CHARLESTON, W.Va. -- A new American Heart Association initiative aims to reduce the number of people in West Virginia who die of heart attacks.
Health-care officials and emergency medical service providers from around the state met Friday at the West Virginia Lottery building to kick off Mission: Lifeline.
Heart disease is the leading cause of death in the United States and in West Virginia. The Mountain State also has the highest prevalence of people who report that a doctor told them they previously suffered a heart attack, according to the heart association.
The aim of the Mission: Lifeline initiative is to improve the system of care for heart attack patients -- from EMS to hospitals.
"It really is about making sure the system works," said Mayme Roettig, the assistant director of the Center for Educational Excellence at Duke University's Clinical Research Institute. Roettig, who grew up in Charleston and attended nursing school at the University of Charleston, has been a driving force for the national Mission: Lifeline program and was on hand for the rollout of the local initiative Friday.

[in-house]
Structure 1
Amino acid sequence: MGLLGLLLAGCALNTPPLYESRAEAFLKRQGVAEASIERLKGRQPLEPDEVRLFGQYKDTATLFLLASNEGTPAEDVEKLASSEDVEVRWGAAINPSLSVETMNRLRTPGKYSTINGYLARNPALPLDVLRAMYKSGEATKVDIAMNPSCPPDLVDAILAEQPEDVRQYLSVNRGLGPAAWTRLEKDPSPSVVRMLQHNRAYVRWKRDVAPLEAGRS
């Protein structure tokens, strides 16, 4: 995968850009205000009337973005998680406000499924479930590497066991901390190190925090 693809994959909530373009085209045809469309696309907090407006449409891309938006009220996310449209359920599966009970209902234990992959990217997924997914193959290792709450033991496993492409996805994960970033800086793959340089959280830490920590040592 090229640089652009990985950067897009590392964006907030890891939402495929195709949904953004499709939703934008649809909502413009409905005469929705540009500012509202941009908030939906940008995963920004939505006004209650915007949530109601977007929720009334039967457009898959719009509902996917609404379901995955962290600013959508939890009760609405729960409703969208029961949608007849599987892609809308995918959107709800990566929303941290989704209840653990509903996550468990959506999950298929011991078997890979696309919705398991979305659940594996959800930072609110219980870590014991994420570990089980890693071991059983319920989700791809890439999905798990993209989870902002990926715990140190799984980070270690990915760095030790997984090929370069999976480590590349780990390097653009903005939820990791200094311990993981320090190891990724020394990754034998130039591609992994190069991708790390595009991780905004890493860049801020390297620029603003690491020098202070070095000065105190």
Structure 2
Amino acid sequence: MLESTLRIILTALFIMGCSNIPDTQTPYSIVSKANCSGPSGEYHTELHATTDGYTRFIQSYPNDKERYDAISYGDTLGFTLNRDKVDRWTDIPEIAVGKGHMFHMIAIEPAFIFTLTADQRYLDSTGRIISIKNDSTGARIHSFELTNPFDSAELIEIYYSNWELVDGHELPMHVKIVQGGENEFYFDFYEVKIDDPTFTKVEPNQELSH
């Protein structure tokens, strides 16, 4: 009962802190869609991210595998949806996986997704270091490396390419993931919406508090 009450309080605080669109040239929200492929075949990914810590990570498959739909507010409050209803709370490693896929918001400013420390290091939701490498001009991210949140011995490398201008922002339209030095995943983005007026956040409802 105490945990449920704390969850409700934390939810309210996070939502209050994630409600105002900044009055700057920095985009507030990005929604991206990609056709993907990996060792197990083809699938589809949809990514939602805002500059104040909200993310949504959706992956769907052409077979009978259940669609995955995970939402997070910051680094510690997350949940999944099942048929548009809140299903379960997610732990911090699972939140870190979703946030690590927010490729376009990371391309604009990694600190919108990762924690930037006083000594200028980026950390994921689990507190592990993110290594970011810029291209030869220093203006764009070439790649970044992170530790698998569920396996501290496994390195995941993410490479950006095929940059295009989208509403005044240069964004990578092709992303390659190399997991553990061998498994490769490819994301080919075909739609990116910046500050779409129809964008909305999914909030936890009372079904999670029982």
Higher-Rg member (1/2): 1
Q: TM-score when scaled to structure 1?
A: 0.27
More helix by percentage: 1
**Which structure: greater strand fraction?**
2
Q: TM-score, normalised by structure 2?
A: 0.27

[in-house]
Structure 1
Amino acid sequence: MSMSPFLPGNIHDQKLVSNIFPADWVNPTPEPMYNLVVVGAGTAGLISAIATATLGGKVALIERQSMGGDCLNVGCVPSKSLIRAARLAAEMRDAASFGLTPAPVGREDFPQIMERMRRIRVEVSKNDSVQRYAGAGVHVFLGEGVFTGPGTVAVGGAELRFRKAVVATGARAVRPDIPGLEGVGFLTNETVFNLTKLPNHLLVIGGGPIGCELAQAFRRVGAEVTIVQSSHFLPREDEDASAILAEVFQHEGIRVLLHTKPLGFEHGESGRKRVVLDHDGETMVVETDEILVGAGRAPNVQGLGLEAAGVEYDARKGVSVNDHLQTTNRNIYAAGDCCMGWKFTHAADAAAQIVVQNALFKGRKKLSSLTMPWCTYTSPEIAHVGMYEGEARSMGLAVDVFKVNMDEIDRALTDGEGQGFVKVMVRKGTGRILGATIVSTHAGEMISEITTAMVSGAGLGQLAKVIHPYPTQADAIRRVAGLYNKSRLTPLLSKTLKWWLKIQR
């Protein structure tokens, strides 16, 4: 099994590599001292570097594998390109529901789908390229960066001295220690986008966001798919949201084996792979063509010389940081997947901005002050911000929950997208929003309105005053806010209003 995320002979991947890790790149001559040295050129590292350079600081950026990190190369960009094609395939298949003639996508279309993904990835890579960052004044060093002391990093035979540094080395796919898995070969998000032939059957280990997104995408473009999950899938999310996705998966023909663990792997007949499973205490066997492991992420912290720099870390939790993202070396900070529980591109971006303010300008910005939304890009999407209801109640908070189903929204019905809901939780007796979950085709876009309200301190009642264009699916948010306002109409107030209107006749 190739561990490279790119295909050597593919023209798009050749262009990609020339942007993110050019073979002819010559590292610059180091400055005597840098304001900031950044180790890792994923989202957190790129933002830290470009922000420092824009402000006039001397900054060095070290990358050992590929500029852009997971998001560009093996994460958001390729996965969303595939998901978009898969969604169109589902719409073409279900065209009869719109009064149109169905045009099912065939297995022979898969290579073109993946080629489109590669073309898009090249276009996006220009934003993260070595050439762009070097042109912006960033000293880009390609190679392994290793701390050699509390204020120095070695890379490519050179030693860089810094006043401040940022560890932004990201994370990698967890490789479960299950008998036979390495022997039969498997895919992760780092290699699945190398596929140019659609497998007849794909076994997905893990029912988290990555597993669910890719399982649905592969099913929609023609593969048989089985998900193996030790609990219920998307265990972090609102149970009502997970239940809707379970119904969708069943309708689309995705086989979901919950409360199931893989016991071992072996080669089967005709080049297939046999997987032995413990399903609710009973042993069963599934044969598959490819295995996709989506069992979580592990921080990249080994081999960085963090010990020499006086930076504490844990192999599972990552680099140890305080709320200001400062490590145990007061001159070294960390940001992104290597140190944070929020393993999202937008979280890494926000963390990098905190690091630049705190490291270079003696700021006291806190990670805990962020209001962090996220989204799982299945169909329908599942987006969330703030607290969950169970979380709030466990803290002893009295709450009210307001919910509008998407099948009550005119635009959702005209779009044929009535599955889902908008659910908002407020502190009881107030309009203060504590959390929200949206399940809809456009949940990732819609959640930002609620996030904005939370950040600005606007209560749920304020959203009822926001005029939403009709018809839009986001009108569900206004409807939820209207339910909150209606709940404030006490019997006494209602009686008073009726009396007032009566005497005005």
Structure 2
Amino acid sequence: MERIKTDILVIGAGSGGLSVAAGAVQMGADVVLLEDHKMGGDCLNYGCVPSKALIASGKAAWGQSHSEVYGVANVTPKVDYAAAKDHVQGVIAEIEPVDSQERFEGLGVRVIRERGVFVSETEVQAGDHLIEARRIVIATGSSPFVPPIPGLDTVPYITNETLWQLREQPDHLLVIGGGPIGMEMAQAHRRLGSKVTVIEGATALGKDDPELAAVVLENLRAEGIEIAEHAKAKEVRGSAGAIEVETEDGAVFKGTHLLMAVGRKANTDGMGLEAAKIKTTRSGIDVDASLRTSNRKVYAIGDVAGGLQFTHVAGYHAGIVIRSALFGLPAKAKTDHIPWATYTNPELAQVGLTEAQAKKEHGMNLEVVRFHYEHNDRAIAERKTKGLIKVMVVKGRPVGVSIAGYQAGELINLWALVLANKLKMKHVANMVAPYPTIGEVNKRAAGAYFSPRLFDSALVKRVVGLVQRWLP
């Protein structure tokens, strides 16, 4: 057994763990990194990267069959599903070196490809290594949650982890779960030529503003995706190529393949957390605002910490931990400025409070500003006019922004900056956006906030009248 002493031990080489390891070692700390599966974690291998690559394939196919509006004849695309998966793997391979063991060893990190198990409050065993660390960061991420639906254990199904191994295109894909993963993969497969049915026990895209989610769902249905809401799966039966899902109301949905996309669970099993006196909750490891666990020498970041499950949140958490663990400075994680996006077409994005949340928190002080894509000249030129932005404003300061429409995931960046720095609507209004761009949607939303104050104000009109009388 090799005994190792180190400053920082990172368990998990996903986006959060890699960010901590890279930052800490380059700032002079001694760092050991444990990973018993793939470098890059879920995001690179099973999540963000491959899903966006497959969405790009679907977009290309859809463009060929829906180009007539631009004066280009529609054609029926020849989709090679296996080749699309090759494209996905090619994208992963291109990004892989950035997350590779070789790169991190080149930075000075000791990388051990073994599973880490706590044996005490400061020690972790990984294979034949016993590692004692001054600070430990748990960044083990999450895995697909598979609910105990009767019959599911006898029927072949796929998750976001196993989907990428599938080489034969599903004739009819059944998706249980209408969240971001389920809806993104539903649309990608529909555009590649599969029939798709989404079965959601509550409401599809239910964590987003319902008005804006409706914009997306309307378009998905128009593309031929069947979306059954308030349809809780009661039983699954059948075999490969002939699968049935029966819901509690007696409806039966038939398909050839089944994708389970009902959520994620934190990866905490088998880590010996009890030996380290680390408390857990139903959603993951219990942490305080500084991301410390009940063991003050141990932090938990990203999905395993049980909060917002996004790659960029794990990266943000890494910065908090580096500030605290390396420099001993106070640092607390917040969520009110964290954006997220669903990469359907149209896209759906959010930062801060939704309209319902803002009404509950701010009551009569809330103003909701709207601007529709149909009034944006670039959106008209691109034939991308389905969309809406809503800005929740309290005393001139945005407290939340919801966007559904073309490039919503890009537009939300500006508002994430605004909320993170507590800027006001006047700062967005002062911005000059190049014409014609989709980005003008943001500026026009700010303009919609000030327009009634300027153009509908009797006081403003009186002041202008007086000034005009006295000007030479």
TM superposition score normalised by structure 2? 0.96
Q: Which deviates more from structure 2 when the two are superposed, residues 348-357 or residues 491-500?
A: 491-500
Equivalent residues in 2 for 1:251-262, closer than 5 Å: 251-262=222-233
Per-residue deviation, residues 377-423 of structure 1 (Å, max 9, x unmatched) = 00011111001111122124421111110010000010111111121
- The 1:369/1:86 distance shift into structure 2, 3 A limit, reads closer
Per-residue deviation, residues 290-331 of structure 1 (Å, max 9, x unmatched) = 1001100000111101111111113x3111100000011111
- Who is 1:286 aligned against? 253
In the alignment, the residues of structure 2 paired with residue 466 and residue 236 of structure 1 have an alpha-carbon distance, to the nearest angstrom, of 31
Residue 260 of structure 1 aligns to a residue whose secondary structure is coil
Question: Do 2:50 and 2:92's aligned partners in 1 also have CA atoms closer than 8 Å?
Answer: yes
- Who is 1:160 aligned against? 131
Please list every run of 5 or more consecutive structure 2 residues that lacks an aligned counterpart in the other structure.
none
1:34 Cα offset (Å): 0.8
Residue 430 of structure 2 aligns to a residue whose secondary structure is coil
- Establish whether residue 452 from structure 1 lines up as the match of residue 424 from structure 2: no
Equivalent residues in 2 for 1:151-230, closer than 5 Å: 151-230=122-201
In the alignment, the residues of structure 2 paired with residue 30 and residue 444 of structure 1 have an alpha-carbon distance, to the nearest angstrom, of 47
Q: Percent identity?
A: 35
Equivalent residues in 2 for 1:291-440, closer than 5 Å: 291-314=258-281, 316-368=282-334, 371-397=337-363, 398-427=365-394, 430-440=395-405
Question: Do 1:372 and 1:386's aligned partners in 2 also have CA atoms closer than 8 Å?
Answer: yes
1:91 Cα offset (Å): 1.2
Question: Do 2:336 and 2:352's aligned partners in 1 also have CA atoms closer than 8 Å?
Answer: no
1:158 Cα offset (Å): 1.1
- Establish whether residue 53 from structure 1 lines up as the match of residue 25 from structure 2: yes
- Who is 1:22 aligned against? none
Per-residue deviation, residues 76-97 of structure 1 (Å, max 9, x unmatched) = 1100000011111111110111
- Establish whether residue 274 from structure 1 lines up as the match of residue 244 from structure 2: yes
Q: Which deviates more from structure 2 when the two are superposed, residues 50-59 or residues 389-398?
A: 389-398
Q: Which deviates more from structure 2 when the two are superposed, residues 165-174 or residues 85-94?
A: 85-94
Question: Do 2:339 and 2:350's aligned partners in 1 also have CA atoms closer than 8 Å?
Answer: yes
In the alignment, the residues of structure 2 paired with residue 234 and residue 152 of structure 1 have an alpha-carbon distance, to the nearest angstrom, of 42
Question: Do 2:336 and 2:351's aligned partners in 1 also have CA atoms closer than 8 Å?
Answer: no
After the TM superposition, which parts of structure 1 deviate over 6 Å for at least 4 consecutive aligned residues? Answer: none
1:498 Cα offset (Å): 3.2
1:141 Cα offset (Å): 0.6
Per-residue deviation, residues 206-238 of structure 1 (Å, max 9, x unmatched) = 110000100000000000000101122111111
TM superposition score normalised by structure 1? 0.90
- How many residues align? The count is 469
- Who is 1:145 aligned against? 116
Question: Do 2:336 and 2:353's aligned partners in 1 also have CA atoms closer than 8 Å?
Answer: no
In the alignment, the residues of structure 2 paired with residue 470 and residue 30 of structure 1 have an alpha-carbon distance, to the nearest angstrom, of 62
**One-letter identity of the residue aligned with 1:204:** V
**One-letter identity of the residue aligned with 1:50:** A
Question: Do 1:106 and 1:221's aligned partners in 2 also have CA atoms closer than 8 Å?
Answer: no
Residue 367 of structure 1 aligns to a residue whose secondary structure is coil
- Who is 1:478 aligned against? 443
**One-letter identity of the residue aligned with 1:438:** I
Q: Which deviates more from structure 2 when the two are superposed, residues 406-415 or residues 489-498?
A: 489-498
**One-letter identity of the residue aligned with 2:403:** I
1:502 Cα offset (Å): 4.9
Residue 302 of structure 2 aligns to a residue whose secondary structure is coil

Roettig has a personal reason for her interest in improving the health-care system for cardiac patients: Her brother died at 37 of a heart attack.
Roettig said the goal of the program is to create two plans of care for heart-attack patients: one for EMS and one for hospitals and doctors.
"You don't need CAMC competing with Thomas, or St. Mary's competing with Cabell, right?" she said. "Everybody needs to work together so that this life-threatening event can be managed just like trauma."